|By Phan Vo Dang Khoa - Assurance manager Deloitte Vietnam |
International Financial Reporting Standards (IFRS) conversion helps enterprises meet investor requirements and enhances the role of corporate governance.
According to a report from the International Accounting Standards Board, more than 130 countries and territories require domestic listed companies to report and prepare financial statements under IFRS, with although about 90 countries having fully conformed.
The application of IFRS varies among countries. Some allow it to be applied to both subsidiaries’ financial statements and corporation’s consolidated financial statements, while others only apply it in the latter case. Countries that have not yet allowed IFRS tend to adjust their national reporting standards to be closer to it.
Allowing IFRS depends on development conditions and the actual situation of each country. However, the general intention is applying it to companies that have a public interest and letting other companies choose to either apply national reporting standards or to apply IFRS voluntarily.
In March, the Ministry of Finance (MoF) promulgated Decision 345, placing Vietnam on the map of countries and territories applying this global accounting and business language.
Positive signals on adoption
The Ho Chi Minh City Stock Exchange (HSX) and Deloitte Vietnam co-conducted an assessment to measure the readiness and challenges enterprises face in applying IFRS. 53 per cent of responses came from chief accountants and 33 per cent from C-level management.
The survey results are quite positive, as more than half of enterprises said that they have or are preparing to convert to IFRS while 55 per cent of firms that are preparing or have not yet applied IFRS said that they would adopt it before 2025 – the last year of the voluntary adoption phase.
The rate of voluntary adoption is expected to increase in the following years. This short-term response also shows a positive reception of Decision 345.
The industries partially converted to IFRS or in preparation phases are banking and financial services due to listing and special reporting requirements, Vietnam’s focused industries like energy, and strategic sectors such as insurance, investment management, technology, and telecommunications.
There are surprisingly positive moves in education and training to prepare for IFRS as many universities and professional bodies have added IFRS content to their undergraduate and graduate programmes.
Foreign-invested enterprises are the largest group of participants, followed by listed companies, large-scale public enterprises, and state-owned economic groups. These four groups account for more than 70 per cent of survey participants.
These groups obviously have a certain level of interest in the changes in accounting policies as new policies directly affect their financial indicators and operating results.
Generally, the adoption of new accounting policies helps their financial statements appear more credible and transparent for foreign investors. For domestic enterprises, the application of a new accounting policy opens up opportunities to create external disclosures, increase the level of prestige and position of the firms in the international market, and create appeal when it comes to certain competition.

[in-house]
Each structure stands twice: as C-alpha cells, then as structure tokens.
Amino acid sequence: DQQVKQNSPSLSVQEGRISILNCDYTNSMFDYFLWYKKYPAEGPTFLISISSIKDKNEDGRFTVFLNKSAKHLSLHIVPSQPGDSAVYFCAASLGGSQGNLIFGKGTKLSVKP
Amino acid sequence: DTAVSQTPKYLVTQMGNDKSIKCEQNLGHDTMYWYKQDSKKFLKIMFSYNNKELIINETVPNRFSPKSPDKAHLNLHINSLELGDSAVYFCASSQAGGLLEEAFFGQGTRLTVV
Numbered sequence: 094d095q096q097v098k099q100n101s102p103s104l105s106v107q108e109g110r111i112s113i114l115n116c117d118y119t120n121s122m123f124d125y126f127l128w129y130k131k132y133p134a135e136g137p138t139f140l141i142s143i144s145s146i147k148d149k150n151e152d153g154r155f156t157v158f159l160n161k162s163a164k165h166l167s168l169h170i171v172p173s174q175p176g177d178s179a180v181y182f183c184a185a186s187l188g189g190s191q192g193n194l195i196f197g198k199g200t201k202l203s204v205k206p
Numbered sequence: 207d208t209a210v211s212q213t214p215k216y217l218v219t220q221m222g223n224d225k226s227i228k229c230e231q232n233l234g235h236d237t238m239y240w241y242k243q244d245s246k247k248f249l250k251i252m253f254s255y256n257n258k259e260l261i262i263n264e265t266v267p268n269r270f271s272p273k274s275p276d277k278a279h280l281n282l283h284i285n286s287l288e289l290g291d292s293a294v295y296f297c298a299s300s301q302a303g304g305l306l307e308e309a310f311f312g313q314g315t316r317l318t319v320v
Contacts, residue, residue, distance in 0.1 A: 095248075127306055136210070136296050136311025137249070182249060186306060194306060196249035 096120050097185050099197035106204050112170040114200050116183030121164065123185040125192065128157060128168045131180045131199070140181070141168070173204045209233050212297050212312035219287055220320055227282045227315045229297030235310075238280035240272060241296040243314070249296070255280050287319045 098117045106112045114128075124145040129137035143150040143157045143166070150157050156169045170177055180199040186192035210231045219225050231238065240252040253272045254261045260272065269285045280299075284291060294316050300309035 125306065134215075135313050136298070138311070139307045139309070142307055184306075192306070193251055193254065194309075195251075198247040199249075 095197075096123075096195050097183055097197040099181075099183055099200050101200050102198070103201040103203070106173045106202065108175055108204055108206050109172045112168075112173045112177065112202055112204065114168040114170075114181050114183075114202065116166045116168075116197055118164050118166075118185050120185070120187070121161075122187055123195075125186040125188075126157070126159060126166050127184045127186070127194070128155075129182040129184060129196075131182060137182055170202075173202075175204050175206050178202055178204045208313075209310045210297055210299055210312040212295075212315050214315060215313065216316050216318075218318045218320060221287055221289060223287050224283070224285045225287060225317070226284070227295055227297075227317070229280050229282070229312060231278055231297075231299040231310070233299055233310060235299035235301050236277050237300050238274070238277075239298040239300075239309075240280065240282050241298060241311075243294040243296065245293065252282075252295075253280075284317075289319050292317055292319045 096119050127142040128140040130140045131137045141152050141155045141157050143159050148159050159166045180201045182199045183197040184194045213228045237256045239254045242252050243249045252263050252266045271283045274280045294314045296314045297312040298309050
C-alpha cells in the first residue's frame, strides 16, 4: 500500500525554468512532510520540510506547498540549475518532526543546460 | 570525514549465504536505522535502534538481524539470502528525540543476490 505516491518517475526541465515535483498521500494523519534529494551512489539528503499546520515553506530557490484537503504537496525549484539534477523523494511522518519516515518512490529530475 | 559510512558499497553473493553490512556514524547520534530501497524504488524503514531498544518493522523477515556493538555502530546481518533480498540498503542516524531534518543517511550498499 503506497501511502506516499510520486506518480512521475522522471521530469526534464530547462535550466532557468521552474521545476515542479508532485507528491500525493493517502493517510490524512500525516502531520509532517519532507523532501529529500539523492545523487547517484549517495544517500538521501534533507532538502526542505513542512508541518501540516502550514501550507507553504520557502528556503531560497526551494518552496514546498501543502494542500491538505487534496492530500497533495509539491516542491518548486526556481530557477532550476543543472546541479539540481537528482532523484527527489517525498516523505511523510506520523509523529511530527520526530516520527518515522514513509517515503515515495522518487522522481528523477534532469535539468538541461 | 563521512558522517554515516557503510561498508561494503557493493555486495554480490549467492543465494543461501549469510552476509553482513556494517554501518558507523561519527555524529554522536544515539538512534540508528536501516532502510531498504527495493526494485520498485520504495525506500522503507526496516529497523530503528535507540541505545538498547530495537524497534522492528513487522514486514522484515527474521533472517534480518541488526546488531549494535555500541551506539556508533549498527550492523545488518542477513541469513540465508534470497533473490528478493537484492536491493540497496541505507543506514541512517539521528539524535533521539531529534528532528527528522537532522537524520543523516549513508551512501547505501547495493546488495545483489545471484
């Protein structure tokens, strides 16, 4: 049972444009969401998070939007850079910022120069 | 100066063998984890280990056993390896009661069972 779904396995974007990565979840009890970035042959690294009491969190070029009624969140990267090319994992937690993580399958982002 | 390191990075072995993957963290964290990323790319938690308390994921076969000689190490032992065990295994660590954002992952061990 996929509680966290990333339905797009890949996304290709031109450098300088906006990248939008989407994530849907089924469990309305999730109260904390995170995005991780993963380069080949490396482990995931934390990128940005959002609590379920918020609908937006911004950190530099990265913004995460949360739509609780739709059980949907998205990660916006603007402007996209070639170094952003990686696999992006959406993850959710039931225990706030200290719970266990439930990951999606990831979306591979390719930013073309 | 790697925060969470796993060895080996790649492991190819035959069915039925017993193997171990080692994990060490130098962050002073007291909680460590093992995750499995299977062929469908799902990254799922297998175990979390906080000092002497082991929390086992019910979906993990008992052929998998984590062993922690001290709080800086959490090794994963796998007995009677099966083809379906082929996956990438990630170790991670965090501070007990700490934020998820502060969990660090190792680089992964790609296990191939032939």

The obstacles to application
The successful application of IFRS in Vietnam requires not only the coordination of the MoF, the State Securities Commission, and related enterprises but also support and consultancy from software companies and auditing firms. However, businesses themselves also need to adjust their own perception and resources.
The first difficulty is support from business leaders. The biggest challenge in IFRS adoption involves getting resources and support from C-suite levels. This issue stems from the IFRS conversion being seen as an accounting/auditing concern, rather than of a management matter. IFRS conversion will be a major business challenge, especially when it is seen as a compulsory term rather than a managerial strategy, not to mention the cost involved in the conversion.
For public enterprises, IFRS conversion is more like a framework transformation than for private ones, which are often viewed negatively. A typical lack of senior management support is met when the financial statement preparers have to interact with different functions of the firm.
The second one is about the accounting team’s adaptation ability to IFRS. Currently, in Vietnam, local enterprises have a shortage of human resources, skills, experience, and time to adapt to IFRS which leads to limited options. The majority of enterprises publishing their financial statements face problems in implementation due to little experience.
Challenging as it could be, training sessions and knowledge dissemination need to be done before the conversion. Compared to Vietnamese accounting standards, IFRS evaluation tends to be more subjective rather than rules-based and each IFRS has a different explanation that the government can choose to allow or not.
The last obstacle is the growing cost of accounting and system transformation, as well as maintaining cost for dual reporting. Due to the lack of appropriate manpower, businesses have to outsource to consulting and auditing firms, increasing conversion costs. The incurred costs to adjust the internal control system to meet the IFRS requirements are also a concern.
Businesses can be overwhelmed by the costs and unable to realise the benefits that IFRS brings, which may cause undue competition over adoption. The transformation should be seen as a necessary change in investment strategy for future business operations.